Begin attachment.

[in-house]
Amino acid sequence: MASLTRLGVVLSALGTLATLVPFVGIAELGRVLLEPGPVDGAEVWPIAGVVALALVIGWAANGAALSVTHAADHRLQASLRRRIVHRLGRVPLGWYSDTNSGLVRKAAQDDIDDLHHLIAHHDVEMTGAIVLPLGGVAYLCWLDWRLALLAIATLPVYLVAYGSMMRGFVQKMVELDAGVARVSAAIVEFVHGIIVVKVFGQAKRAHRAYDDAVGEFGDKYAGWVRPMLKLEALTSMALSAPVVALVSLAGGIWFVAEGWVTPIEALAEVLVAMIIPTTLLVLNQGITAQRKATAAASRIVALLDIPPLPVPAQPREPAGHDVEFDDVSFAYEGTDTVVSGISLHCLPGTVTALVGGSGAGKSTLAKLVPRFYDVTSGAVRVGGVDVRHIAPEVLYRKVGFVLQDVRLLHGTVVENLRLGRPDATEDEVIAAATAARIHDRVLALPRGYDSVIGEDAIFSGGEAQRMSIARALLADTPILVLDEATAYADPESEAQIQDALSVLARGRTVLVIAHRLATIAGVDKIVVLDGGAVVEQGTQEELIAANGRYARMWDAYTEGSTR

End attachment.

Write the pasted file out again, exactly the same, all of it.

[in-house]
Amino acid sequence: MASLTRLGVVLSALGTLATLVPFVGIAELGRVLLEPGPVDGAEVWPIAGVVALALVIGWAANGAALSVTHAADHRLQASLRRRIVHRLGRVPLGWYSDTNSGLVRKAAQDDIDDLHHLIAHHDVEMTGAIVLPLGGVAYLCWLDWRLALLAIATLPVYLVAYGSMMRGFVQKMVELDAGVARVSAAIVEFVHGIIVVKVFGQAKRAHRAYDDAVGEFGDKYAGWVRPMLKLEALTSMALSAPVVALVSLAGGIWFVAEGWVTPIEALAEVLVAMIIPTTLLVLNQGITAQRKATAAASRIVALLDIPPLPVPAQPREPAGHDVEFDDVSFAYEGTDTVVSGISLHCLPGTVTALVGGSGAGKSTLAKLVPRFYDVTSGAVRVGGVDVRHIAPEVLYRKVGFVLQDVRLLHGTVVENLRLGRPDATEDEVIAAATAARIHDRVLALPRGYDSVIGEDAIFSGGEAQRMSIARALLADTPILVLDEATAYADPESEAQIQDALSVLARGRTVLVIAHRLATIAGVDKIVVLDGGAVVEQGTQEELIAANGRYARMWDAYTEGSTR